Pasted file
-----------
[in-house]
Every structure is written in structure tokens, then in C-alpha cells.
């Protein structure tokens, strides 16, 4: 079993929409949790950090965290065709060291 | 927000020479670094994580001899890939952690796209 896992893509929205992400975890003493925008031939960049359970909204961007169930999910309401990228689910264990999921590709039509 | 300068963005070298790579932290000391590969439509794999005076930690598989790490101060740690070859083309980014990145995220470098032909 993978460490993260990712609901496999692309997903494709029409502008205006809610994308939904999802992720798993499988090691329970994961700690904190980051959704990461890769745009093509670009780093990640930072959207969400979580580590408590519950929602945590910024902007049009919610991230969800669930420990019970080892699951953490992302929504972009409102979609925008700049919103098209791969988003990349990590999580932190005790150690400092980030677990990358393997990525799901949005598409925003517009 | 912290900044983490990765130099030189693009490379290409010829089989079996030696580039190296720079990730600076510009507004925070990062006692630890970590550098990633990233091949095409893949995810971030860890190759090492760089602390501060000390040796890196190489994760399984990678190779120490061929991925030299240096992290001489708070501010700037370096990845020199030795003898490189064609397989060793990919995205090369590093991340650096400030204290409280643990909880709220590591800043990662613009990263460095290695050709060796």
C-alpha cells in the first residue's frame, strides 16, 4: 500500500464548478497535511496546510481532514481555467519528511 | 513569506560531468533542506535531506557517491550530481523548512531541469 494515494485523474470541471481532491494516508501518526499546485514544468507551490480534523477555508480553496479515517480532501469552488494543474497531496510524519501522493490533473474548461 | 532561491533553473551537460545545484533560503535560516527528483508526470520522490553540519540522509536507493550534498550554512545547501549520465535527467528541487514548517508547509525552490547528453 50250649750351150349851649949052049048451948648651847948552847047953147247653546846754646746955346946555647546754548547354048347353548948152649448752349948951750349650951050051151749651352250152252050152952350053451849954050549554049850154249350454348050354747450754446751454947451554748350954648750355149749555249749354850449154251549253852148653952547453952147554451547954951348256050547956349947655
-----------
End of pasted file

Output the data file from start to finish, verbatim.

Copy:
[in-house]
Every structure is written in structure tokens, then in C-alpha cells.
């Protein structure tokens, strides 16, 4: 079993929409949790950090965290065709060291 | 927000020479670094994580001899890939952690796209 896992893509929205992400975890003493925008031939960049359970909204961007169930999910309401990228689910264990999921590709039509 | 300068963005070298790579932290000391590969439509794999005076930690598989790490101060740690070859083309980014990145995220470098032909 993978460490993260990712609901496999692309997903494709029409502008205006809610994308939904999802992720798993499988090691329970994961700690904190980051959704990461890769745009093509670009780093990640930072959207969400979580580590408590519950929602945590910024902007049009919610991230969800669930420990019970080892699951953490992302929504972009409102979609925008700049919103098209791969988003990349990590999580932190005790150690400092980030677990990358393997990525799901949005598409925003517009 | 912290900044983490990765130099030189693009490379290409010829089989079996030696580039190296720079990730600076510009507004925070990062006692630890970590550098990633990233091949095409893949995810971030860890190759090492760089602390501060000390040796890196190489994760399984990678190779120490061929991925030299240096992290001489708070501010700037370096990845020199030795003898490189064609397989060793990919995205090369590093991340650096400030204290409280643990909880709220590591800043990662613009990263460095290695050709060796």
C-alpha cells in the first residue's frame, strides 16, 4: 500500500464548478497535511496546510481532514481555467519528511 | 513569506560531468533542506535531506557517491550530481523548512531541469 494515494485523474470541471481532491494516508501518526499546485514544468507551490480534523477555508480553496479515517480532501469552488494543474497531496510524519501522493490533473474548461 | 532561491533553473551537460545545484533560503535560516527528483508526470520522490553540519540522509536507493550534498550554512545547501549520465535527467528541487514548517508547509525552490547528453 50250649750351150349851649949052049048451948648651847948552847047953147247653546846754646746955346946555647546754548547354048347353548948152649448752349948951750349650951050051151749651352250152252050152952350053451849954050549554049850154249350454348050354747450754446751454947451554748350954648750355149749555249749354850449154251549253852148653952547453952147554451547954951348256050547956349947655